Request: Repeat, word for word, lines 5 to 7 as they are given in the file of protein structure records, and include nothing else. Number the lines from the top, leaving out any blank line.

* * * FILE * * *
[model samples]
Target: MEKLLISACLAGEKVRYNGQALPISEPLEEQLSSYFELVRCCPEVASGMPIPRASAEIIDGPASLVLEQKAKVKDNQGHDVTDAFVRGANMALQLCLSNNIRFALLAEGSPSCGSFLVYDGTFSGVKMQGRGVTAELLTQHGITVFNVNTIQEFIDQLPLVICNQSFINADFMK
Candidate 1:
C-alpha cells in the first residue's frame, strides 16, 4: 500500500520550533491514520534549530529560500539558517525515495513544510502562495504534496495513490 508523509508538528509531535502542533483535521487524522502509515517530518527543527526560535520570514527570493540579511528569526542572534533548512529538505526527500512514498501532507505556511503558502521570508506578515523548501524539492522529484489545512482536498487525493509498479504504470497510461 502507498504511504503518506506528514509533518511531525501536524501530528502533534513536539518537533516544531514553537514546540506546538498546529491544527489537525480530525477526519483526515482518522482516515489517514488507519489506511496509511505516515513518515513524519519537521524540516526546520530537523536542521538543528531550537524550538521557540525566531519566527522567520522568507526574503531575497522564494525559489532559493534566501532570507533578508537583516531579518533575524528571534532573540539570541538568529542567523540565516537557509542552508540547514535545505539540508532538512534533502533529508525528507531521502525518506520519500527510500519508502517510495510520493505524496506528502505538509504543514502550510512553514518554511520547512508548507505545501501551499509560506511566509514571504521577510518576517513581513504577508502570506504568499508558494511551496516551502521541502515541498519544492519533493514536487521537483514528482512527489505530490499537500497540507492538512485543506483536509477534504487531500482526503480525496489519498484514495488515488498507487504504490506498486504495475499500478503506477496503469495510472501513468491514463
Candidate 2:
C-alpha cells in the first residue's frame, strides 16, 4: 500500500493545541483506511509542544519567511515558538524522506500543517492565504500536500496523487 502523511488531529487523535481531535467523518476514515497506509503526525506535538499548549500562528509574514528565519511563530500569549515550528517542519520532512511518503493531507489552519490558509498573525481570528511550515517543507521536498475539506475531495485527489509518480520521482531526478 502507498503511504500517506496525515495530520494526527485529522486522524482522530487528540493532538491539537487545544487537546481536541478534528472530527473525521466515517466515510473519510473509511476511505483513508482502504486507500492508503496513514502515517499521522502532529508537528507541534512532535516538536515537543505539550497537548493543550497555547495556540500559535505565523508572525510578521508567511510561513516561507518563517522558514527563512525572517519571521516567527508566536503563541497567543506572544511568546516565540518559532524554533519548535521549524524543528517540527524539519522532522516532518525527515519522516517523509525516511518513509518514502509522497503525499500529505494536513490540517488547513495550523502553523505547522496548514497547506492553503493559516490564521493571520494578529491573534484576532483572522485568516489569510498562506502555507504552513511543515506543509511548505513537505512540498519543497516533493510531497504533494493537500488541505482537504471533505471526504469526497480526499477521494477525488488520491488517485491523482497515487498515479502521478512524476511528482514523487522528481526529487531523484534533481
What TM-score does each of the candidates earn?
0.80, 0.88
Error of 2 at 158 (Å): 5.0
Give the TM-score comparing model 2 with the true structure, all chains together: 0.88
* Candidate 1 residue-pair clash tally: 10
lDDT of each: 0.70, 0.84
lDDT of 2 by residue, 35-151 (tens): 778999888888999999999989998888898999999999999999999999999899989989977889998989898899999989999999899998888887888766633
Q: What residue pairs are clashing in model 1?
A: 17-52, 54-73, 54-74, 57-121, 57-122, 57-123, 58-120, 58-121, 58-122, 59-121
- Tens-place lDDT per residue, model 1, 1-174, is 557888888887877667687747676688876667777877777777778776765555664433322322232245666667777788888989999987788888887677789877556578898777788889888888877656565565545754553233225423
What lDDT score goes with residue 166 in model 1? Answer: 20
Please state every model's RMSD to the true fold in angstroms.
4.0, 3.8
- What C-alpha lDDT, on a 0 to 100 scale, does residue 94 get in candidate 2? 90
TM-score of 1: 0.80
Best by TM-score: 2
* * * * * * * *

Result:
Candidate 2:
C-alpha cells in the first residue's frame, strides 16, 4: 500500500493545541483506511509542544519567511515558538524522506500543517492565504500536500496523487 502523511488531529487523535481531535467523518476514515497506509503526525506535538499548549500562528509574514528565519511563530500569549515550528517542519520532512511518503493531507489552519490558509498573525481570528511550515517543507521536498475539506475531495485527489509518480520521482531526478 502507498503511504500517506496525515495530520494526527485529522486522524482522530487528540493532538491539537487545544487537546481536541478534528472530527473525521466515517466515510473519510473509511476511505483513508482502504486507500492508503496513514502515517499521522502532529508537528507541534512532535516538536515537543505539550497537548493543550497555547495556540500559535505565523508572525510578521508567511510561513516561507518563517522558514527563512525572517519571521516567527508566536503563541497567543506572544511568546516565540518559532524554533519548535521549524524543528517540527524539519522532522516532518525527515519522516517523509525516511518513509518514502509522497503525499500529505494536513490540517488547513495550523502553523505547522496548514497547506492553503493559516490564521493571520494578529491573534484576532483572522485568516489569510498562506502555507504552513511543515506543509511548505513537505512540498519543497516533493510531497504533494493537500488541505482537504471533505471526504469526497480526499477521494477525488488520491488517485491523482497515487498515479502521478512524476511528482514523487522528481526529487531523484534533481
What TM-score does each of the candidates earn?